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The wonders of Aston Magna at Saint James Place

Music review
by Kevin T. McEneaney
Sun Jul 15th, 2018

From left: David Miller, Daniel Stepner, Jacques Lee Wood, Todd Williams, Anne Trout, Andrew Schwartz, Eric Hoeprich

Driving from the south, the first “church” one encounters in Great Barrinton is St. James Place, a remarkable stone church that is now a vibrant arts center with wonderful acoustics. Here Aston Magna presented a program alphabetically entitled “Beethoven, Mozart, Romberg” this past Saturday at 6 pm.

They opened with Mozart’s Quartet in B-flat, an early posthumous transcription arrangement of his Salzburg c.1799 Violin Sonata in B-flat major, done by Johann Anton André who had obtained the manuscript from Mozart’s widow, Constanze, eight years after Mozart’s painful demise in 1791. André had turned the piano sonata with violin into a marvelous quartet with viola to feature the clarinet, a new instrument that Mozart really loved. Sometimes labeled a clarinet quartet, this lively piece allows the clarinet to dominate in the second Andante cantabile movement. Eric Hoeprich, playing a reconstructed period clarinet that he himself built (he was the first to do this and has subsequently made many others), appeared to instruct Daniel Stepner’s brilliant violin, which dominated the first movement, on how to handle this melody.

Hoeprich was astonishingly eloquent, yet there was a little joke afoot: the clarinet eventually worked itself into a corner, and the violin (“Yes, this is how you get out of this corner”) ably took over the last quarter of the movement with the clarinet eventually agreeing, politely. The concluding Rondo Allegro has all four instruments understanding the melody and working together in exuberant unison so that the “voices” of David Miller on viola and Jacques Le Wood on cello could be forcefully heard in their contribution to the effort. There’s nothing like unified agreement after a musical debate to make everyone go home with joy and contentment.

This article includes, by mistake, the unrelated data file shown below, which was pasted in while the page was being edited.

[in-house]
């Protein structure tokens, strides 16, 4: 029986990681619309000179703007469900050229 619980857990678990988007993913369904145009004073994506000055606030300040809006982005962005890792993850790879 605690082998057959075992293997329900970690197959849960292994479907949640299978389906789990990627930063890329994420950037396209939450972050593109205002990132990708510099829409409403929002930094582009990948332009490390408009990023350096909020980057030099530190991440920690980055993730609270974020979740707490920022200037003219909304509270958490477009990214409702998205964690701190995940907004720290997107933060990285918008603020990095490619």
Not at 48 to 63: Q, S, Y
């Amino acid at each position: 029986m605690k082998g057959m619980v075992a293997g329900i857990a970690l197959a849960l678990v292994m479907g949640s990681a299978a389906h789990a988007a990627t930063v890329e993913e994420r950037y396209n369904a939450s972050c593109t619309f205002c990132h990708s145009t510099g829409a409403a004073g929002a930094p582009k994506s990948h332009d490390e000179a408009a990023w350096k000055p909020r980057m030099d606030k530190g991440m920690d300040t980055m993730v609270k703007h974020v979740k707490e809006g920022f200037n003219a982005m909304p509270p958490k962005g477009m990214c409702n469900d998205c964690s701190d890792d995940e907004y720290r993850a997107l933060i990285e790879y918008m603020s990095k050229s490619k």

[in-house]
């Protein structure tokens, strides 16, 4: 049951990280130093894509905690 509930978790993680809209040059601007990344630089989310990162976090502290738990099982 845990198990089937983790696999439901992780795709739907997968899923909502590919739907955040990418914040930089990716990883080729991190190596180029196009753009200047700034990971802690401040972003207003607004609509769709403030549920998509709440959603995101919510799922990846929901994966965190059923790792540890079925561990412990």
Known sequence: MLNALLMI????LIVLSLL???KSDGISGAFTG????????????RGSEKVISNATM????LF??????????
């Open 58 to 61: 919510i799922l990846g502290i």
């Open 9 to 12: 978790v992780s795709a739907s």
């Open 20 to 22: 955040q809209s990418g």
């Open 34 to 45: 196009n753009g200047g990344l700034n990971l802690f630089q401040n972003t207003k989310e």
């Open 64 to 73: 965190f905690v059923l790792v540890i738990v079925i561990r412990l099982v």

But there was more to come, since we had just begun. Trio in E Minor, Op. 38, no. 1 by Bernhard Romberg (1767-1841) also offered a little humor. The first movement appeared quite simple, the second much more difficult, and the third very difficult for the instrumentalists who played viola, cello, and contrabass. Wood on cello, the featured instrument, was exceptionally nuanced while Miller on viola supplied agreeable, companionable qualities. Anne Trout played contrabass with nimble resonance. The cello was surrounded with admiration. (Romberg contributed several improvements to cello design.)

After brief intermission, the main event: Beethoven’s Septet in E-flat, Op. 20, which was written to delight the audience of his day and our day, despite Beethoven’s later disparagement of this early work. When Beethoven first heard it played, he boasted to a friend “This is my Creation,” i.e., it is on a par with Haydn’s The Creation. Not quite, but it is a delight. This 1799 septet is in six movements. My favorite movements were the even numbered: 2, 4, 6; the second with its slow Adagio played with such marvelous tone and shape by Hoeprich; the fourth and sixth for Stepner’s fortissimo, supple bowing.

The dynamics of the Septet provided dramatic contrasts in gradations of sound as if one were traveling up and down hills. Todd Williams on natural horn managed to coax notes not commonly available on that instrument. Andrew Schwartz on classical period bassoon needed to blow so much harder than a contemporary bassoon and he did so, expertly. Wood, Miller, and Trout offered unified support in a piece that privileged first the violin, then the clarinet. The third movement presents an unusual minuet while the fourth movement ends with emphatic humor: a gentle, hesitant pause before the charming resolution. The surprising violin cadenza in the final movement lets you know that Beethoven thought more of the strings than winds. The Finale brought the audience to its feet; they demanded two, very long bows. This was a performance to remember at a well-attended event.

Aston Magna will conclude its summer concert season with “The Art of the Fugue,” fourteen canons on the bass line of the Goldberg Variations with a new arrangement by Daniel Stepner, on Saturday, July 21, at the Mahaiwe Performing Arts Center in Great Barrington. Click this link for a brief interview with Daniel Stepner.